For some Badgers fans, a surprise loss to Brigham Young University was made worse by an emergency stint in an onsite medical cooling facility, after they spent an afternoon watching the second hottest game ever played at Camp Randall Stadium.
The game was record-breaking heatwise — temperatures soared in the mid 80s and clear skies offered little relief from the sun — and it also saw the Badgers break their 41 home game winning streak against non-conference opponents, which had stood since 2003.
While the game itself may have been sobering for die-hard fans, the UW-Madison Police Department reported it issued 19 underage drinking citations and made 20 arrests in the stands, as well as ejected 42 stadium-goers. Three people were taken to detox by the time the day was over.
In all, UWPD reported 82 game attendees had to be taken to medical cooling centers after suffering dizziness, confusion, nausea and cramping — all symptoms related to heat stroke and dehydration.
Heat exposure can be serious by itself, but adding alcohol to the equation only exacerbates its effects, warned Dr. Bill Kinsey, a University Health Services specialist.
“The effects of heat and alcohol are basically that you are multiplying the effects on the body from dehydration,” Kinsey said. “The combination of dehydration and alcohol’s other direct effects change our ability to regulate our core temperature. That leads to elevations in core temperatures that are beyond what they would be without alcohol.”
Acting alone, alcohol lowers blood pressure by relaxing blood vessels. Heat also causes drops in blood pressure, when vessels near the skin widen to help cool you off. Multiply heat and alcohol, and you may experience intensified side effects of each — like dizziness and fainting — much faster, and with more severity.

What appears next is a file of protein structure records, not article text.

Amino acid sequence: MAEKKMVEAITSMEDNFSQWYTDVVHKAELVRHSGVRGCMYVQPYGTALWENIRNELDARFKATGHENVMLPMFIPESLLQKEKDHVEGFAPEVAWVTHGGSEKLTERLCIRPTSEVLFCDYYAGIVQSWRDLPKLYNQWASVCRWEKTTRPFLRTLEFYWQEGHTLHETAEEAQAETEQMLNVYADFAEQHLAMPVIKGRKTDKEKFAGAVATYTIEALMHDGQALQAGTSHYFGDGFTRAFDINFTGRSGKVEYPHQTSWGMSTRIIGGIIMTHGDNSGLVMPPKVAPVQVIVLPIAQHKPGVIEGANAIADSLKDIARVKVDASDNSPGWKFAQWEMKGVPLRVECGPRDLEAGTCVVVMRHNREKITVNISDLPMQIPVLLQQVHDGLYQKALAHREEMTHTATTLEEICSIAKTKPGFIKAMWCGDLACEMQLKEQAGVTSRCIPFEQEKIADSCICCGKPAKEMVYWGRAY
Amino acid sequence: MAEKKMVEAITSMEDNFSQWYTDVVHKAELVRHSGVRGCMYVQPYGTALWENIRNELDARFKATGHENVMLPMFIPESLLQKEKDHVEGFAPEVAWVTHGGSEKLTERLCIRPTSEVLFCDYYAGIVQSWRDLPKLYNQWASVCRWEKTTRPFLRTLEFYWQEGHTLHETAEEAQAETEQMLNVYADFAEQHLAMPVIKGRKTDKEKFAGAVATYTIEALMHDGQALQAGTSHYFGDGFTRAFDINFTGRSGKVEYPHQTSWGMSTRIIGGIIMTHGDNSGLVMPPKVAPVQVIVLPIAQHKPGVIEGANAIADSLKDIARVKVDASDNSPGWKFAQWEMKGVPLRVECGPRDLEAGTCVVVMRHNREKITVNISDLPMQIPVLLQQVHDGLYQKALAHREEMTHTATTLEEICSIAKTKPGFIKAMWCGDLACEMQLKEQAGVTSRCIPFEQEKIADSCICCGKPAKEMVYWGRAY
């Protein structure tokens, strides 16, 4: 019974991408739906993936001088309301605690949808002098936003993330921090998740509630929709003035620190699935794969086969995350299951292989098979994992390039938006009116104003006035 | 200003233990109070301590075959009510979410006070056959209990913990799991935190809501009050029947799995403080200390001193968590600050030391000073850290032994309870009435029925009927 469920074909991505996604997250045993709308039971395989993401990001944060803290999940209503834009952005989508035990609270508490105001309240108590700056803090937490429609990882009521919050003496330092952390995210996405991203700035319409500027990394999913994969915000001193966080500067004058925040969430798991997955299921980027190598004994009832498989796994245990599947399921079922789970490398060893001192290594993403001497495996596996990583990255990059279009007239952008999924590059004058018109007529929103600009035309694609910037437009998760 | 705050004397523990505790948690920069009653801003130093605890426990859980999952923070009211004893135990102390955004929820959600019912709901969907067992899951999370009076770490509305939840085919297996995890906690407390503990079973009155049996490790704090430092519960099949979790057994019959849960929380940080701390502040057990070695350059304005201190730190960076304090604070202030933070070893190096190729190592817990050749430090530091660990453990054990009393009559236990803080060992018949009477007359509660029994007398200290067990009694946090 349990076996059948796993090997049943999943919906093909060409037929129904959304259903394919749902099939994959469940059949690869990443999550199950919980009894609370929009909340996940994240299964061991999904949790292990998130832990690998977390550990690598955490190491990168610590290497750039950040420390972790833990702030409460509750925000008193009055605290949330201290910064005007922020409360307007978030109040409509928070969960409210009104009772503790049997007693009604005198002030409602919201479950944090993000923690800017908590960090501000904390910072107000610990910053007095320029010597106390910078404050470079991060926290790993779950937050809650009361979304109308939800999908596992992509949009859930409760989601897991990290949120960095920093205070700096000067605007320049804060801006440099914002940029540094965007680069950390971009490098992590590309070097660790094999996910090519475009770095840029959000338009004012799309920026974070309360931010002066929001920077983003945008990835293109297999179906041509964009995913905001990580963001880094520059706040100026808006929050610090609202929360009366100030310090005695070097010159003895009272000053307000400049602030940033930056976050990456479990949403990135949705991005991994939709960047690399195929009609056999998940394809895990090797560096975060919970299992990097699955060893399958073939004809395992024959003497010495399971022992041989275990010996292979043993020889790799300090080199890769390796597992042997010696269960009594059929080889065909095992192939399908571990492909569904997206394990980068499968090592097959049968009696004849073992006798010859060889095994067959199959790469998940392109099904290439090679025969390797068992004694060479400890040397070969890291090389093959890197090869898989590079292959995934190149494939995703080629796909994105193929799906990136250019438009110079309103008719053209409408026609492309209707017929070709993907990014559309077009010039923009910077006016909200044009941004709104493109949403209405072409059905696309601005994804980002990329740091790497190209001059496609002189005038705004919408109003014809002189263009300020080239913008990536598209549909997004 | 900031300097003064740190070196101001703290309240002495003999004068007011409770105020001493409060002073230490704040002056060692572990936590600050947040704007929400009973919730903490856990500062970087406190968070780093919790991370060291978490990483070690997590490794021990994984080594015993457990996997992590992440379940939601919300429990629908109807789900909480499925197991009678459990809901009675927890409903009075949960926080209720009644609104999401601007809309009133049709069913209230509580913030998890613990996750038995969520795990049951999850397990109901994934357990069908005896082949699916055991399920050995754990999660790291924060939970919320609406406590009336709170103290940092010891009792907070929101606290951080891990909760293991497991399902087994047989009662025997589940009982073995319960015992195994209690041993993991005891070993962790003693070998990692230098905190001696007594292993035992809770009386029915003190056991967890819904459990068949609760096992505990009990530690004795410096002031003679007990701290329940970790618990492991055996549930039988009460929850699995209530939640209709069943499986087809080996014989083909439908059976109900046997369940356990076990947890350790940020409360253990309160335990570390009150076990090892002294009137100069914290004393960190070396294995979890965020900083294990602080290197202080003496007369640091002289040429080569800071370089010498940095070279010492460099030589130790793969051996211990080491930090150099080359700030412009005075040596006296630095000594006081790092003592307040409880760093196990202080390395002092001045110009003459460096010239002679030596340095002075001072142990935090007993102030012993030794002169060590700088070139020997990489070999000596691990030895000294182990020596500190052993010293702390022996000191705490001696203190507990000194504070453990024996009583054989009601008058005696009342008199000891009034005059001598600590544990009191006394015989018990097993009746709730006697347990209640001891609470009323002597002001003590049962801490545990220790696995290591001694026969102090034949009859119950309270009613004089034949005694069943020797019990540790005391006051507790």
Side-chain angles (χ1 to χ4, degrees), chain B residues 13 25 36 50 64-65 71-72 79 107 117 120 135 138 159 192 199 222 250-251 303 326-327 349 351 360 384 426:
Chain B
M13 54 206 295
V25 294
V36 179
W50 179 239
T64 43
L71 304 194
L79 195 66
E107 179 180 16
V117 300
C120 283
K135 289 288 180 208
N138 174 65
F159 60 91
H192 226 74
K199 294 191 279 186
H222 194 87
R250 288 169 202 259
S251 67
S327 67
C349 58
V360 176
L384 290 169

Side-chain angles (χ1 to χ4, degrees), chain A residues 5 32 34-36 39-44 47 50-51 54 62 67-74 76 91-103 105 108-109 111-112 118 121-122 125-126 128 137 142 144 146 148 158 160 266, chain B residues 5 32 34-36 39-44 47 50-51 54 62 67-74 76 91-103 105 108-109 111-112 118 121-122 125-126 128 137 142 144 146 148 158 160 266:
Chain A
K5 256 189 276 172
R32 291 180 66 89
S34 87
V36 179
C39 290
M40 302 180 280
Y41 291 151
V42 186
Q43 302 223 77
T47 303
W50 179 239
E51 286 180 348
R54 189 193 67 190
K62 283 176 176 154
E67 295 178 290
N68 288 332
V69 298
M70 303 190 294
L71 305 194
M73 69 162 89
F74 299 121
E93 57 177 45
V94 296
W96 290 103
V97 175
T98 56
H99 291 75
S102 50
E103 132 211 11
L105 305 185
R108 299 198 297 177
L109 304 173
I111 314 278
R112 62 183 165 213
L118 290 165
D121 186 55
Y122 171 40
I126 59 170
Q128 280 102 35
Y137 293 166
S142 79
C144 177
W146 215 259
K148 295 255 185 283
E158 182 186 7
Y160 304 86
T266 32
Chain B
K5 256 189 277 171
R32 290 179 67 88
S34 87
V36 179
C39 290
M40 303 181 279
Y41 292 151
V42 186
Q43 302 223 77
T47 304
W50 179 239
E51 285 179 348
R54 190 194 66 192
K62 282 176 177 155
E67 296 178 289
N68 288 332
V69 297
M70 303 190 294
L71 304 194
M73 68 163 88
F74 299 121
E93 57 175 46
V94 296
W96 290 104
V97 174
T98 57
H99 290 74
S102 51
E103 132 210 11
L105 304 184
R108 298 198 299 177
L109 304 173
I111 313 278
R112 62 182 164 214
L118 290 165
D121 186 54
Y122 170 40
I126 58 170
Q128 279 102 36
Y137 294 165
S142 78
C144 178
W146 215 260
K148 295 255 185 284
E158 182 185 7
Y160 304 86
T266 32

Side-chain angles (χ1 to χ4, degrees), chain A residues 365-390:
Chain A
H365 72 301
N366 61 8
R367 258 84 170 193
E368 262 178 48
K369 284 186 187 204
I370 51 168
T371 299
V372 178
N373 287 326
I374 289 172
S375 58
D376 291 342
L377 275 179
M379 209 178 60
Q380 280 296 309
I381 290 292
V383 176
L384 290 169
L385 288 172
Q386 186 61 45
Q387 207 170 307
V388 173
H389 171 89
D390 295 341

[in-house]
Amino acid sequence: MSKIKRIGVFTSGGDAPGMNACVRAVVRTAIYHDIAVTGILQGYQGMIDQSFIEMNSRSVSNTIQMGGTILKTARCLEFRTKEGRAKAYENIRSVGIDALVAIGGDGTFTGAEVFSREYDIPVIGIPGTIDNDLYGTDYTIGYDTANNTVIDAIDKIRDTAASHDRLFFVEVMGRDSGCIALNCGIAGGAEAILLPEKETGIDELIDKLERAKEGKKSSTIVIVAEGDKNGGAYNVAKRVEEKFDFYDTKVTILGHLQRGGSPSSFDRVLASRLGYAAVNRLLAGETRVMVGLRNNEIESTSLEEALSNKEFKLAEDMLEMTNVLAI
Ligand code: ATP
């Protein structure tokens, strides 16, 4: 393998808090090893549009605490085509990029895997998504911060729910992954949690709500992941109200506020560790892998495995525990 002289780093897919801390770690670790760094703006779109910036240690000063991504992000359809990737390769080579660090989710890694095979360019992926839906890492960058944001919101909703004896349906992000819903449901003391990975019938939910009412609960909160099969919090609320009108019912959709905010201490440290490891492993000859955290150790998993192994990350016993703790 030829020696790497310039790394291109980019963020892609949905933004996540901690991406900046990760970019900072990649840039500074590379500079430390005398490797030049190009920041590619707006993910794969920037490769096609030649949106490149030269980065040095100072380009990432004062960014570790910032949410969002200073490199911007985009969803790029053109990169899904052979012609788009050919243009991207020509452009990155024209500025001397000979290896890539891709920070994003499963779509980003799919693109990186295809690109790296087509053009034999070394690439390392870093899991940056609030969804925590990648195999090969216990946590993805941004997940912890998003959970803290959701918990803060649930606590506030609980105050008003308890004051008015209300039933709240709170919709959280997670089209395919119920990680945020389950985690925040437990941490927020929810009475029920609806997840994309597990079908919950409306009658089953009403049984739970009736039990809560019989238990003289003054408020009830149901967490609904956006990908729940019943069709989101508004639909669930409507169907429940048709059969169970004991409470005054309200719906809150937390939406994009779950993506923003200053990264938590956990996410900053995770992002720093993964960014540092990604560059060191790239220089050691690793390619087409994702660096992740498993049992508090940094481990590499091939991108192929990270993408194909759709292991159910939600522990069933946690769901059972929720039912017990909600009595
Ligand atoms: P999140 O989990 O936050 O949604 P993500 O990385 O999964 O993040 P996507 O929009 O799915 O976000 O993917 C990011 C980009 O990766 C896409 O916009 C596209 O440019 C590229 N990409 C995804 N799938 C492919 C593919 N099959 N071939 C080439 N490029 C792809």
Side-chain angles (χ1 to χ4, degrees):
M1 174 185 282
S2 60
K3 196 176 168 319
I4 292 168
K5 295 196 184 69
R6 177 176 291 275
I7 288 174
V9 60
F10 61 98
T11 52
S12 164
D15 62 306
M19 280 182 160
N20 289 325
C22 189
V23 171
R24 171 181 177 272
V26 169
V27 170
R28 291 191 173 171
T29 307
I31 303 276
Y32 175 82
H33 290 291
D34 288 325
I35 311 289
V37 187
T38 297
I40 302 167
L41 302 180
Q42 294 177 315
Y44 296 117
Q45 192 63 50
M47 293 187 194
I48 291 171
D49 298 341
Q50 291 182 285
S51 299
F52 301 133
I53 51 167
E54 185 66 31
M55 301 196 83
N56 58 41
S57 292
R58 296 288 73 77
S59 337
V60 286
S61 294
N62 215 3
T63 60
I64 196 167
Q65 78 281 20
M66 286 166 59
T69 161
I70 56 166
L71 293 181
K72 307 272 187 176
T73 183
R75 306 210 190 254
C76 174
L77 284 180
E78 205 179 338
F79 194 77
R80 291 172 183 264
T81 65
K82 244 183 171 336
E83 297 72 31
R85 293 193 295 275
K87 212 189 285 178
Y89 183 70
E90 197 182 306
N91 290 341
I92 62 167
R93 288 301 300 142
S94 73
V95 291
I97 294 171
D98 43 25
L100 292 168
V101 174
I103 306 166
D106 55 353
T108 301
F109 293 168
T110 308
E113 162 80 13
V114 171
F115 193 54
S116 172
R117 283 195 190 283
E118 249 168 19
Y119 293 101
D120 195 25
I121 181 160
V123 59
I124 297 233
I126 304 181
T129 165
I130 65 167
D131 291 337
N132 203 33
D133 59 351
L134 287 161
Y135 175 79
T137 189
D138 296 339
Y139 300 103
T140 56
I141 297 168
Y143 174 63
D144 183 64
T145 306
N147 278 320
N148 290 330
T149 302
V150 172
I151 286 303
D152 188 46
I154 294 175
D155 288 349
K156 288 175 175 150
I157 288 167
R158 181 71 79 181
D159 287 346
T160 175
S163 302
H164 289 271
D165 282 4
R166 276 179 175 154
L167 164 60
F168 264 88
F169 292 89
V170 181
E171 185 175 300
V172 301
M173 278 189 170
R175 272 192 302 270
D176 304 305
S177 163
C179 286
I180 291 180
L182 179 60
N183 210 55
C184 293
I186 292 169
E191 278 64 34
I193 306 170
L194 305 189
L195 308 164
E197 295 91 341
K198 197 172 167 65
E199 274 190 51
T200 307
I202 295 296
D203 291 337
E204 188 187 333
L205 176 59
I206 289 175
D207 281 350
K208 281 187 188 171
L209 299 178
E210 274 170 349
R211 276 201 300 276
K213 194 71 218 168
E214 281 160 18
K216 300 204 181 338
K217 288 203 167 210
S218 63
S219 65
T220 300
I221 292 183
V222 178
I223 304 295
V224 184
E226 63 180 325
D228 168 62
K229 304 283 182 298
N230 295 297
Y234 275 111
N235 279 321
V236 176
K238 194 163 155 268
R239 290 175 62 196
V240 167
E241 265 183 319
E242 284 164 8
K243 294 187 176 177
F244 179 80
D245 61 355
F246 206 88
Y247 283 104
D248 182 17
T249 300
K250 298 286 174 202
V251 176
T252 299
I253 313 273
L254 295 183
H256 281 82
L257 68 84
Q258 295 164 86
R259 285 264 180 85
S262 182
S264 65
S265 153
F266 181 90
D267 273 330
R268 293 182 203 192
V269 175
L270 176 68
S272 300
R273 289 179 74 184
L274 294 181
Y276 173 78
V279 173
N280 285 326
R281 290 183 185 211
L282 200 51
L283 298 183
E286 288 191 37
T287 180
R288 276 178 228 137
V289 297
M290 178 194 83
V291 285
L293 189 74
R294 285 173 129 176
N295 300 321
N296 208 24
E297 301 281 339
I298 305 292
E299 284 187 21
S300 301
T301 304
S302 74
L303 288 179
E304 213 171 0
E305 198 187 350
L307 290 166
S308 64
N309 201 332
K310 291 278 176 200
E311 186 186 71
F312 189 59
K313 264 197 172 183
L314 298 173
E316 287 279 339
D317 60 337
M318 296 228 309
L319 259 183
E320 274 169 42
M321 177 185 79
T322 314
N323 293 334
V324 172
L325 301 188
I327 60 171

The combination of excessive heat, dehydration and alcohol can also stress and damage internal organs, and increase the risk of heat stroke. Students who find themselves in this situation may not even realize it immediately, according to Kinsey, and will probably have to be taken to cooling chambers, where their core temperatures can be lowered artificially.
“Alcohol has other negative cognitive effects,” Kinsey said. “What you end up with is an individual who is perceiving the effects of heat incorrectly, as well as having other internal regulation systems causing your body to become dehydrated and overheat.”
If you plan on drinking, Kinsey said the best way to avoid heat illness is to take hydration seriously. He also recommended planning ahead — for instance, if you have tickets, pace yourself during the ‘pregame’ or skip it all together. Even your activities the night or two before can set you up for dehydration later on.